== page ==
Every year we learn a ton in the garden, no matter how many decades we’ve been at it, and moving out to the North Oregon Coast and starting from scratch after nearly 13 years in our little house in the city? Definitely brought some new lessons as we learned about things that we hadn’t previously had to think about before in the (slightly) more seasonal type of climate of Portland. Clockwise from top left:
Tomatoes: Wow, did these surprise us! As mentioned in my earlier post, they definitely grew like crazy and responded well to the hoop house setup I built, but they were so strong that they’ve started to pull the bottom plank of the raised bed out, and the supposedly strong wire we used? Umm, notsomuch. I’ve used traditional cages in the past which are fine, but wanted to trellis them this year as per some online recommendations (I did the center-stake method years ago which got so-so results, and one year created a wooden ‘tomato jail’ that just made it harder to access the fruits, oy!). I did the vertical twine thing for all of htem but the plants got so huge and that mixed with wind? They just yanked the top wires down and leaned over to one side. So while 2020 planting is definitely many months away, I’ve definitely got my homework to figure out over the winter how to six-million-dollar-man these beds next year (better, faster, stronger…we CAN rebuild…). Our raised beds are all 4’x12′ and the two tomato ones comfortably held 25-30 plants). If you do tomatoes in raised beds, what do you find to be the most successful – and wind-resistant?
Scarlet Runner Beans – One of my favorite things to trellis, as I love their orange flowers and how you can just leave the beans on the plant to dry out for effortless harvesting. I planted these on a trellis against our barn, where they loved the sunshine and providing a happy orange (for some reason I’ve been mad about orange flowers the last few years…though not a color I’d ever wear…). But apparently 8 plants aren’t nearly enough, because this bowl? That’s pretty much what we got this year. The pods are like 6-8″ long, but I’d forgotten that there are not too many beans to each. Note to self: plant more! PS – they are perennial in mild climates so hopefully they’ll remain of disinterest to the deer 🙂
Strawberries – As my favorite snacking fruit, the strawberry bed was an awesome success. The learning part? Last fall, I’d read that garlic was a good companion plant for strawberries, with the added benefit of detracting would-be strawberry eaters, like deer. So I went crazy on planting it. Problem is? Strawberries quickly shaded out the garlic in a raised bed situation, and we were only able to rescue about 4-5 measly heads. In 2020, garlic will definitely get an entire bed to itself, because we love us some garlic (not to mention it’s great in powdered form to mix in with the duck and chicken feed!).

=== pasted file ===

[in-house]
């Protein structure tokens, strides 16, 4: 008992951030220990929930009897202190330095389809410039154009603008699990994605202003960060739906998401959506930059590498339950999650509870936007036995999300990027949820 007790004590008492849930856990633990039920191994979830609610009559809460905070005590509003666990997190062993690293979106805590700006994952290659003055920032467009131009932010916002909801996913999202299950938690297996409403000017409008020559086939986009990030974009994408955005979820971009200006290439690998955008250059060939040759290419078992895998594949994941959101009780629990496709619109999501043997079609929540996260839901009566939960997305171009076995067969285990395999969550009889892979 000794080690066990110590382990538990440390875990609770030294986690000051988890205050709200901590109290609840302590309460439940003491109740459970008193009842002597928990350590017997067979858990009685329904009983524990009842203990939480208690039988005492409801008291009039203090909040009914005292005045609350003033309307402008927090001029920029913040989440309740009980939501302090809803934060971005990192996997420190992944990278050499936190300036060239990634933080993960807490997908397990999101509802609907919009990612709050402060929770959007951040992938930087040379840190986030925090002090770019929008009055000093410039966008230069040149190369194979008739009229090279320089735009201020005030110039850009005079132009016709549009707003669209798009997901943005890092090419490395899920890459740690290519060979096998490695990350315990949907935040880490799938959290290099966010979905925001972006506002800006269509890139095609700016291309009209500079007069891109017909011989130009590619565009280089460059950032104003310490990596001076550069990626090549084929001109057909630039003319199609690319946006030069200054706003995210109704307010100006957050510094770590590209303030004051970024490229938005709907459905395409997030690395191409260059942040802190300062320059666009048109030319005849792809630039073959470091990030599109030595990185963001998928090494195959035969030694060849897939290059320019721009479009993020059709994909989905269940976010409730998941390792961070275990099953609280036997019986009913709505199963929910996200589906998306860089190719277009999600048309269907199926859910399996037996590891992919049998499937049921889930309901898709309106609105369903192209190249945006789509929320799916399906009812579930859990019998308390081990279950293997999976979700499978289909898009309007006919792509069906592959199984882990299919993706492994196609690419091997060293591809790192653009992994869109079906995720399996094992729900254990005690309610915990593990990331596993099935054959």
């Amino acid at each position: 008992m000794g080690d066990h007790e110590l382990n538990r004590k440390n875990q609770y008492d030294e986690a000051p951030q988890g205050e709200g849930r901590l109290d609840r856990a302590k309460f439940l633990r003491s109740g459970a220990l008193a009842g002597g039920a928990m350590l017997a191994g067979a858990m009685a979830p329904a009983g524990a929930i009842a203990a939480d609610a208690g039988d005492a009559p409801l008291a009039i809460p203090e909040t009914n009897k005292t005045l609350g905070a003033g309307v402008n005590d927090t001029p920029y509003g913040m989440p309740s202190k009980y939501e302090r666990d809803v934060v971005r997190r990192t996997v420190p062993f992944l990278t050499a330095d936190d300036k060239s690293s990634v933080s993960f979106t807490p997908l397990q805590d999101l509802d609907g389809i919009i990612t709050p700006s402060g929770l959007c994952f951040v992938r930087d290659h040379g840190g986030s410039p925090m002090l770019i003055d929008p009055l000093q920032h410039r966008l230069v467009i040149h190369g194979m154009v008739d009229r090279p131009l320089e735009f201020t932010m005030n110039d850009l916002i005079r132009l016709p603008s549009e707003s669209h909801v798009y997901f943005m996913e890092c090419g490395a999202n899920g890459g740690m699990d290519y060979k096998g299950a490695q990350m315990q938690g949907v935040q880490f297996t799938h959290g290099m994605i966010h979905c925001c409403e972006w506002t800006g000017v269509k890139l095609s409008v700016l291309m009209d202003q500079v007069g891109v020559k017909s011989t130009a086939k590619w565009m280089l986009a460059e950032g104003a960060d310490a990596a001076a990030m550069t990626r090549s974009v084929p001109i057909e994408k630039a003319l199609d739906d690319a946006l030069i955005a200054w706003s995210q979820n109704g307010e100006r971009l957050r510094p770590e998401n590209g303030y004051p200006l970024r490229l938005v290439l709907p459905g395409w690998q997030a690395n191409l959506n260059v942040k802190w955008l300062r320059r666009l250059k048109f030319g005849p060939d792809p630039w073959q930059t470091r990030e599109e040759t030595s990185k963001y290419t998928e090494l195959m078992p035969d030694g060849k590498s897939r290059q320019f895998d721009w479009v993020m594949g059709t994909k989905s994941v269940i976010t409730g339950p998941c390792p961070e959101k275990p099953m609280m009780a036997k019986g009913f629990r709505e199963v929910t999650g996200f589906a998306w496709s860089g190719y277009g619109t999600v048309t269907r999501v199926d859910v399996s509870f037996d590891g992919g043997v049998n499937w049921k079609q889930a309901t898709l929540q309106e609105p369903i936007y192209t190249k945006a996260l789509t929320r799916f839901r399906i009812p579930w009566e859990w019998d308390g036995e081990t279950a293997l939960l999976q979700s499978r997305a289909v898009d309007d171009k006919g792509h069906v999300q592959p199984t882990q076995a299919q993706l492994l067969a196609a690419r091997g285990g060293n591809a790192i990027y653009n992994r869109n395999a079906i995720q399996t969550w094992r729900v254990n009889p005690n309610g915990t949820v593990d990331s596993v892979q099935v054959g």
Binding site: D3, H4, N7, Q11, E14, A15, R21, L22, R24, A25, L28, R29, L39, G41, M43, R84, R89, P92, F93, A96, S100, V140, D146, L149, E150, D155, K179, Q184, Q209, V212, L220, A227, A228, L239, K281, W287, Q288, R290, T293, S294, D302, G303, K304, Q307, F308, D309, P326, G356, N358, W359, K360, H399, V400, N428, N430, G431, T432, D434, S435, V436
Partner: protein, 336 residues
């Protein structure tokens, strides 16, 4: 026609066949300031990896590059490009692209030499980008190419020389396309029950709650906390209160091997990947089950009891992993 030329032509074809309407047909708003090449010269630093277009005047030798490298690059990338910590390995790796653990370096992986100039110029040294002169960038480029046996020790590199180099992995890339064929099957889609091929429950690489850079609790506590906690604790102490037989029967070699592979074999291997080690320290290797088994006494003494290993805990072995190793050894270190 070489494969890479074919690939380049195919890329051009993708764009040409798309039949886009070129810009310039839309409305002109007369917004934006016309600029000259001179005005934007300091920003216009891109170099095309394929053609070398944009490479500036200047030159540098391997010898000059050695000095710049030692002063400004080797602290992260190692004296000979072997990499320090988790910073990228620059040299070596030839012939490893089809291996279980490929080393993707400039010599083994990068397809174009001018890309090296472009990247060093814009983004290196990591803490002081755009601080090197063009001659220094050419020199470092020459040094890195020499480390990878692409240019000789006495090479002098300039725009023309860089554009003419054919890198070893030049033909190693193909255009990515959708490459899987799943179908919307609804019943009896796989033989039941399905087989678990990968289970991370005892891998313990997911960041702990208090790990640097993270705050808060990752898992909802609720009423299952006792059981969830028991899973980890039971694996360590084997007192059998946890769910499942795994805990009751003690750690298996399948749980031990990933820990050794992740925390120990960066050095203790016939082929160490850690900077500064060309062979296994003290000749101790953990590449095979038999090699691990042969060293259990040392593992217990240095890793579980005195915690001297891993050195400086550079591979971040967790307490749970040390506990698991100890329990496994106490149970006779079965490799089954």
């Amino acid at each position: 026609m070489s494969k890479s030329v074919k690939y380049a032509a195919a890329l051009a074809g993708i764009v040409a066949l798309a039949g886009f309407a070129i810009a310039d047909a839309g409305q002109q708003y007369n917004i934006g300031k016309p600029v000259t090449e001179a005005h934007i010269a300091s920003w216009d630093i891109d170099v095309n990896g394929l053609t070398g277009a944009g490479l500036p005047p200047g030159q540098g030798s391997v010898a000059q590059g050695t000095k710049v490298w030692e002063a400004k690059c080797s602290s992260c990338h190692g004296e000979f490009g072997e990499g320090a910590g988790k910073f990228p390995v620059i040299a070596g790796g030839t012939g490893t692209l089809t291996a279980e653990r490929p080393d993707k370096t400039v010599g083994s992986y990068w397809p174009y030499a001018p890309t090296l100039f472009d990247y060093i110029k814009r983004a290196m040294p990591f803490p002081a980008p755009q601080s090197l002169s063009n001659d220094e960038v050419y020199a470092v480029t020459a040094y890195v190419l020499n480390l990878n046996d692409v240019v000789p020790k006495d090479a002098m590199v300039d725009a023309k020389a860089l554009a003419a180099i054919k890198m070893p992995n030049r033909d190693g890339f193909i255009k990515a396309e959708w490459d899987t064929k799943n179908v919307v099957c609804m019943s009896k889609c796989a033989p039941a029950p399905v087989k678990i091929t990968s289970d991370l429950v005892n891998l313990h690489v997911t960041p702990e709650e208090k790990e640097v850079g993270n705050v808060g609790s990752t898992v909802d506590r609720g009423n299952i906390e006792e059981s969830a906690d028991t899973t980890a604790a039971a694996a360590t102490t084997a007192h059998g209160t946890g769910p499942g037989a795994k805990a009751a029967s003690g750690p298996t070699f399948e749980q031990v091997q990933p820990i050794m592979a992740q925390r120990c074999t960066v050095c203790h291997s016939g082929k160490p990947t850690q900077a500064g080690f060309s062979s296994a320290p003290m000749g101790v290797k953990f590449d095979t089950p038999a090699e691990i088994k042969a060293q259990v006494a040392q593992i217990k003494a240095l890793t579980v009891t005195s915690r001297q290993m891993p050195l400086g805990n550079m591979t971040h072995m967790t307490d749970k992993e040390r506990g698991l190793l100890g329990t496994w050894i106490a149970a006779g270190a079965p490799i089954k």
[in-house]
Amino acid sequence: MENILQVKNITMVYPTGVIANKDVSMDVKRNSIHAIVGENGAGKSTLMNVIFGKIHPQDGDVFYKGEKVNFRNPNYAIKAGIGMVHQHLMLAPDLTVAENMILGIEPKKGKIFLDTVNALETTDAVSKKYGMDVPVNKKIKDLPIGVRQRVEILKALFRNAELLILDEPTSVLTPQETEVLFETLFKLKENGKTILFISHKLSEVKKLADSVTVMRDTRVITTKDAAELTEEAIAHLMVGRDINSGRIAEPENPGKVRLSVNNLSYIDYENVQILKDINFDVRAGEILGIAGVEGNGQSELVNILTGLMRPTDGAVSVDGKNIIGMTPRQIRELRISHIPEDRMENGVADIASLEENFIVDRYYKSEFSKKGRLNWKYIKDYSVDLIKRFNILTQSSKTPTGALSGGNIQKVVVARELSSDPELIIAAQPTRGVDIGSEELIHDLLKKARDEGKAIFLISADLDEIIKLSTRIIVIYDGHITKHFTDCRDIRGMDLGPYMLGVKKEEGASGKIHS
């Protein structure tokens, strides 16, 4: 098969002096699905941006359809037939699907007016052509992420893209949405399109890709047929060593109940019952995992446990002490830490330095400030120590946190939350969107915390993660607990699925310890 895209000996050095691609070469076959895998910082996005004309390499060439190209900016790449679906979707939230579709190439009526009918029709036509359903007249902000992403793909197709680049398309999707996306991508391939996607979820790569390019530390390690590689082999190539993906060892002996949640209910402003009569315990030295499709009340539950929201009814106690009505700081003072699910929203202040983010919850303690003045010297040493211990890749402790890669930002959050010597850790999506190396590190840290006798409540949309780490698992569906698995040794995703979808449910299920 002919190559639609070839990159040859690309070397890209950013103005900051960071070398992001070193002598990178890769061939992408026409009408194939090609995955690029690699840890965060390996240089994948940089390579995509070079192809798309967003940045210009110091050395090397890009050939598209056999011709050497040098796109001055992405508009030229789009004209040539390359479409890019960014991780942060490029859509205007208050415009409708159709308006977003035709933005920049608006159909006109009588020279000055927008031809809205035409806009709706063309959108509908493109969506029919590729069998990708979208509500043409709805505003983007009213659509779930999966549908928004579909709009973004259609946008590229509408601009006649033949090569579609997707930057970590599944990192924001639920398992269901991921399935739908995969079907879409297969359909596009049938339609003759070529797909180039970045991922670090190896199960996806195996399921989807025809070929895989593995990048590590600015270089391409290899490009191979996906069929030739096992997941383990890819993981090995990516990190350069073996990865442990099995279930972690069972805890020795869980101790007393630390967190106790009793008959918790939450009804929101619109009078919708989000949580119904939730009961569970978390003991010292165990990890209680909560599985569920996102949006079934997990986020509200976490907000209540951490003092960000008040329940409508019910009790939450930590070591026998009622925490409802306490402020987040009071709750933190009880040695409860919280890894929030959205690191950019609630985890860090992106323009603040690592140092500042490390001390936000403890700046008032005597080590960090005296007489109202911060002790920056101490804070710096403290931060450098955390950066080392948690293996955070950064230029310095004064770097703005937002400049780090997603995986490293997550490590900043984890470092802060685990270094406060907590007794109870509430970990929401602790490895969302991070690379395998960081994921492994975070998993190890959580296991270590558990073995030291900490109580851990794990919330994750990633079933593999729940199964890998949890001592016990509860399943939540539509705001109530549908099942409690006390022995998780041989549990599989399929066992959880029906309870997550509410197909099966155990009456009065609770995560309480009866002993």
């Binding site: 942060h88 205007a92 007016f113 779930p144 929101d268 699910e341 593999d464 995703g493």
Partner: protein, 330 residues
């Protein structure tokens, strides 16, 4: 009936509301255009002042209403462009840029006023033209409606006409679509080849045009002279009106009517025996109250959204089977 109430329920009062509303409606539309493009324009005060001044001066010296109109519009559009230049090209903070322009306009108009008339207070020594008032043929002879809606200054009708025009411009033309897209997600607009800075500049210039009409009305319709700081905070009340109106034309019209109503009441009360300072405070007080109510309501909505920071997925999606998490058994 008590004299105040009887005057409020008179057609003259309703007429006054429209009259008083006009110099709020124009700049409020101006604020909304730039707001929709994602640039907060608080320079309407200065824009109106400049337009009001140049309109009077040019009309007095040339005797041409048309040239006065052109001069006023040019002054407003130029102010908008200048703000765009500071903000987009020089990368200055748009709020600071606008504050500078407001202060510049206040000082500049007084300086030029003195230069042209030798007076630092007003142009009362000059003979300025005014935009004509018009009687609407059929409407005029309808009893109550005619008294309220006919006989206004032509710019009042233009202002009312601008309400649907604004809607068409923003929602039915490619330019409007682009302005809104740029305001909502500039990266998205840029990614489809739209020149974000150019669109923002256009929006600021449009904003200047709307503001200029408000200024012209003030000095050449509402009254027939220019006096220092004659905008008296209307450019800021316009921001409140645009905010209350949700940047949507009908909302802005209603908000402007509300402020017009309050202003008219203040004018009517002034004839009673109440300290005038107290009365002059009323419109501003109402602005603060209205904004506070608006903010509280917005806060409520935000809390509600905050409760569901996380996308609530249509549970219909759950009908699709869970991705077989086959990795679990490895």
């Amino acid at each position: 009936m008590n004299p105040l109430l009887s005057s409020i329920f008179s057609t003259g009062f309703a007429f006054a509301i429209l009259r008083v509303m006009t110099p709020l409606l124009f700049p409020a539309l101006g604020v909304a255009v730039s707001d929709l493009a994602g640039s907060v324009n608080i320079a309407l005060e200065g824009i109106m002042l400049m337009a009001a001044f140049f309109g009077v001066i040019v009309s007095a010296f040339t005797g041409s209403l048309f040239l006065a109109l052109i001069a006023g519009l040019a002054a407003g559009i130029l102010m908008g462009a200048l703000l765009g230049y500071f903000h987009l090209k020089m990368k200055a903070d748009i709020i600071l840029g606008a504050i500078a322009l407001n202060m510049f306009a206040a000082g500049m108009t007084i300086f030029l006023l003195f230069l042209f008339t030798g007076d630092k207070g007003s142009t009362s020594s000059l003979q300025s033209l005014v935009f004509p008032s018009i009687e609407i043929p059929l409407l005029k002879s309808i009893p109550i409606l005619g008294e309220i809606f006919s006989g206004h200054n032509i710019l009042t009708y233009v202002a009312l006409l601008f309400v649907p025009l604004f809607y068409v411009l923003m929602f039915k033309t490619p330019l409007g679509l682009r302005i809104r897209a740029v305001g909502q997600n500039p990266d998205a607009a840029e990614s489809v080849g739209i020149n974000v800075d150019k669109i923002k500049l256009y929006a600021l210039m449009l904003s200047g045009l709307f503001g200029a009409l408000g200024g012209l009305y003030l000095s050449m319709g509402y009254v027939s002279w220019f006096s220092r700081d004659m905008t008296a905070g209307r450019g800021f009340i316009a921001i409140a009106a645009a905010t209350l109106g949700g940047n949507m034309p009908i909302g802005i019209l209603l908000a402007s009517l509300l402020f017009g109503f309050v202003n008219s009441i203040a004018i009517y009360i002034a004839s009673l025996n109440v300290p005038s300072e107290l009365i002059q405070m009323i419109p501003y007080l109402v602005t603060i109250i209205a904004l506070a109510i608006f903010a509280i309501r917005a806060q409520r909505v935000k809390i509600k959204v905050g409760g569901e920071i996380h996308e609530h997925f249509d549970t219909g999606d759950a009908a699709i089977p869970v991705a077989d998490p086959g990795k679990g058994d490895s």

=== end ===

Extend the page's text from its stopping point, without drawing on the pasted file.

Squash – This definitely became a “multiple lesson” situation, as in the past we always grew our zucchini from starts, planting them right into the ground back in the city, with a little fence around them to keep out four particular nosy squash-blossom-and-leaf-eating ducks. This time I decided to give them an entire bed, planting 100% by seed for the first, with a plan to create a big beautiful tall arched trellis (thanks Pinterest! eye roll…) that would connect them to the adjacent bed and create a cool tunnel. Well, I planted the seeds for zucchini, butternut, black futsu and blue kuri, they germinated beautifully, and…proceeded to nearly all die back. So with that, I focused exclusively on the zucchinis which appeared to have the best chance of saving, and ignored the others, including my plans to build the trellis, and was just thrilled when two zucchini plants finally came around. And I swear, right after I exhaled, the corpses of the three squash plants must have heard that and came back from the dead, as now that bed is WAY overcrowded and I’ve had to create an emergency ‘bridge’ to the now-empty adjacent bed so they don’t attract any evil webfooted creatures since they are all trying to jump ship and trail along the ground. Sigh…
And while it’s not something one can photograph, the other big lesson was that I definitely need to figure out a way to utilize our 1,000 gallon rain tank for drip irrigation. While cute little rain barrels can be put on stands next to beds, we rely on our awesome mega tank to supply our water for our veggie garden and ducks year round (keeping our water bill at a happy $35/mo), and it’d be so freakin’ awesome if we could automate this a wee bit more….not to mention ensure more consistency in how things are watered!). Any ideas??? Do I suck it up and save up to buy a $500 pump, or…?
What did you learn in your garden this year?